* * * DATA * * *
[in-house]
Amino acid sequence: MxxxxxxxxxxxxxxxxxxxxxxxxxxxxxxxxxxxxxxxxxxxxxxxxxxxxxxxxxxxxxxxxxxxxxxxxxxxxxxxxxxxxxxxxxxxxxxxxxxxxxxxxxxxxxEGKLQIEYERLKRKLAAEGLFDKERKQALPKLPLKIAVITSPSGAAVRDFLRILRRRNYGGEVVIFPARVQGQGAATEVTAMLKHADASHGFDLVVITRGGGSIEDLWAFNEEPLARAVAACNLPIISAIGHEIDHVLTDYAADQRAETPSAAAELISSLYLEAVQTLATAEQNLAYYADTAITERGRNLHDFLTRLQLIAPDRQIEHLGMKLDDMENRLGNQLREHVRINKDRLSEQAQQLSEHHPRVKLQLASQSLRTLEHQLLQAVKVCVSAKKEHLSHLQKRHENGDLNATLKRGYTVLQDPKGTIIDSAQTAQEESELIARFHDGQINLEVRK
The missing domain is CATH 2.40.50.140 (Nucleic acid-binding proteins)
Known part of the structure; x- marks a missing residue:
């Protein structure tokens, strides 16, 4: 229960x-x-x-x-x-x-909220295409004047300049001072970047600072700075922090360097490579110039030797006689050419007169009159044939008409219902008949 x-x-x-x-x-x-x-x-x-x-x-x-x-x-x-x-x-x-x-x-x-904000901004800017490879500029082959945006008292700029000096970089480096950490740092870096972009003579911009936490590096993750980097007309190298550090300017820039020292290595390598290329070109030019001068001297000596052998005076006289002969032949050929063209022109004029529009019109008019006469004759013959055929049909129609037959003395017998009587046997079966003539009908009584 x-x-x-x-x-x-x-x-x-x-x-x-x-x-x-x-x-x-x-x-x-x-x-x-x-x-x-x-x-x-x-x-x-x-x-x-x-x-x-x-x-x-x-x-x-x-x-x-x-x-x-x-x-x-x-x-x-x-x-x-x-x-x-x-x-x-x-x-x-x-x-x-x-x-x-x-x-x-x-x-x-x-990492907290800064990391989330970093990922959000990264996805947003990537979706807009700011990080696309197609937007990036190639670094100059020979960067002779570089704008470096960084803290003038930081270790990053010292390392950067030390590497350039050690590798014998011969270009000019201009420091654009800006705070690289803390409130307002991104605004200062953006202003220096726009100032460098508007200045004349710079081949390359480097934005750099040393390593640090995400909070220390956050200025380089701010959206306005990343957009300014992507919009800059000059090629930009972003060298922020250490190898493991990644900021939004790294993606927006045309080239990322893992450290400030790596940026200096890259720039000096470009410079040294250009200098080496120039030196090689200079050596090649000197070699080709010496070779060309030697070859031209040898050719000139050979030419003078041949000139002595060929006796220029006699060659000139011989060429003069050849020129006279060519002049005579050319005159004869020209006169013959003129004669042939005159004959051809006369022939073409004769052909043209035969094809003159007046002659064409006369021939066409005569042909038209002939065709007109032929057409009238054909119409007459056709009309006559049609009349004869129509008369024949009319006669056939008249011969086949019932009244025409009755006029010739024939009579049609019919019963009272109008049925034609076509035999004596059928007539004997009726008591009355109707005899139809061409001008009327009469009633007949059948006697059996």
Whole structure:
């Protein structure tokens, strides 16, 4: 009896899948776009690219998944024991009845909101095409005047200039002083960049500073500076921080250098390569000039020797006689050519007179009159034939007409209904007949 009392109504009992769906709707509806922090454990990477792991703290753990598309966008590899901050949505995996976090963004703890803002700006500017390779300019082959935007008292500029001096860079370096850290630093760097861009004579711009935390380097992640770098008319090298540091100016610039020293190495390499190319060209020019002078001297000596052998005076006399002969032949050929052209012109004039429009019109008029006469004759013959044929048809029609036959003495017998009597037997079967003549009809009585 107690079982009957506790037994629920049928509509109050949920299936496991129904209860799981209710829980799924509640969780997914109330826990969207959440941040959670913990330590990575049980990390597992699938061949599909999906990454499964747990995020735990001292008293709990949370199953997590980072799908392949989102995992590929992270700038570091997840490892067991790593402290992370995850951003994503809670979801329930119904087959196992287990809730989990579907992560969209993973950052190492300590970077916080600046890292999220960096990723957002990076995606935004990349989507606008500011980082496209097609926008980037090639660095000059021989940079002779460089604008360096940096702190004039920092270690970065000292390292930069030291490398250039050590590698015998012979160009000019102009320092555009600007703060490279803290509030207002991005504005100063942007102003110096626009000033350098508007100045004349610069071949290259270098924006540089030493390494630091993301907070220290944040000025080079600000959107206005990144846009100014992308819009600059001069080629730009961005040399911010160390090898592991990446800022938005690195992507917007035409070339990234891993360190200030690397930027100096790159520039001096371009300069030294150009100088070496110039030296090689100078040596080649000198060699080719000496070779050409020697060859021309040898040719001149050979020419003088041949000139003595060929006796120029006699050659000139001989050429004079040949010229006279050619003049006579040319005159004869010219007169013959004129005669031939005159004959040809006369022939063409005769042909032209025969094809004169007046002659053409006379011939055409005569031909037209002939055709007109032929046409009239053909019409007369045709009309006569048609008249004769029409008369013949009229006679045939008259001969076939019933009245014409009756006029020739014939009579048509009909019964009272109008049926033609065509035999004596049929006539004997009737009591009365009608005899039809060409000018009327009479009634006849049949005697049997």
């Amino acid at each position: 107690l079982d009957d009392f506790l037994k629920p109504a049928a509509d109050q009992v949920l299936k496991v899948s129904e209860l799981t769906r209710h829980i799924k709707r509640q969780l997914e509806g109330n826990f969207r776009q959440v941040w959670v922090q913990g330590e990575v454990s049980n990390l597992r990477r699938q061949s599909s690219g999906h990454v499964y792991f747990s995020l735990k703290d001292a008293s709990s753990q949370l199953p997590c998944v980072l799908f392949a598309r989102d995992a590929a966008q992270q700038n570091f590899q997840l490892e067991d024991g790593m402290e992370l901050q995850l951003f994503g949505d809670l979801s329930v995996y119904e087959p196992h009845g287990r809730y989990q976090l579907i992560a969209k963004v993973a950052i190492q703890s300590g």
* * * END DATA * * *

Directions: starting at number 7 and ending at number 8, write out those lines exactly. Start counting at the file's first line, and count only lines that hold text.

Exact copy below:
């Protein structure tokens, strides 16, 4: 009896899948776009690219998944024991009845909101095409005047200039002083960049500073500076921080250098390569000039020797006689050519007179009159034939007409209904007949 009392109504009992769906709707509806922090454990990477792991703290753990598309966008590899901050949505995996976090963004703890803002700006500017390779300019082959935007008292500029001096860079370096850290630093760097861009004579711009935390380097992640770098008319090298540091100016610039020293190495390499190319060209020019002078001297000596052998005076006399002969032949050929052209012109004039429009019109008029006469004759013959044929048809029609036959003495017998009597037997079967003549009809009585 107690079982009957506790037994629920049928509509109050949920299936496991129904209860799981209710829980799924509640969780997914109330826990969207959440941040959670913990330590990575049980990390597992699938061949599909999906990454499964747990995020735990001292008293709990949370199953997590980072799908392949989102995992590929992270700038570091997840490892067991790593402290992370995850951003994503809670979801329930119904087959196992287990809730989990579907992560969209993973950052190492300590970077916080600046890292999220960096990723957002990076995606935004990349989507606008500011980082496209097609926008980037090639660095000059021989940079002779460089604008360096940096702190004039920092270690970065000292390292930069030291490398250039050590590698015998012979160009000019102009320092555009600007703060490279803290509030207002991005504005100063942007102003110096626009000033350098508007100045004349610069071949290259270098924006540089030493390494630091993301907070220290944040000025080079600000959107206005990144846009100014992308819009600059001069080629730009961005040399911010160390090898592991990446800022938005690195992507917007035409070339990234891993360190200030690397930027100096790159520039001096371009300069030294150009100088070496110039030296090689100078040596080649000198060699080719000496070779050409020697060859021309040898040719001149050979020419003088041949000139003595060929006796120029006699050659000139001989050429004079040949010229006279050619003049006579040319005159004869010219007169013959004129005669031939005159004959040809006369022939063409005769042909032209025969094809004169007046002659053409006379011939055409005569031909037209002939055709007109032929046409009239053909019409007369045709009309006569048609008249004769029409008369013949009229006679045939008259001969076939019933009245014409009756006029020739014939009579048509009909019964009272109008049926033609065509035999004596049929006539004997009737009591009365009608005899039809060409000018009327009479009634006849049949005697049997």
């Amino acid at each position: 107690l079982d009957d009392f506790l037994k629920p109504a049928a509509d109050q009992v949920l299936k496991v899948s129904e209860l799981t769906r209710h829980i799924k709707r509640q969780l997914e509806g109330n826990f969207r776009q959440v941040w959670v922090q913990g330590e990575v454990s049980n990390l597992r990477r699938q061949s599909s690219g999906h990454v499964y792991f747990s995020l735990k703290d001292a008293s709990s753990q949370l199953p997590c998944v980072l799908f392949a598309r989102d995992a590929a966008q992270q700038n570091f590899q997840l490892e067991d024991g790593m402290e992370l901050q995850l951003f994503g949505d809670l979801s329930v995996y119904e087959p196992h009845g287990r809730y989990q976090l579907i992560a969209k963004v993973a950052i190492q703890s300590g």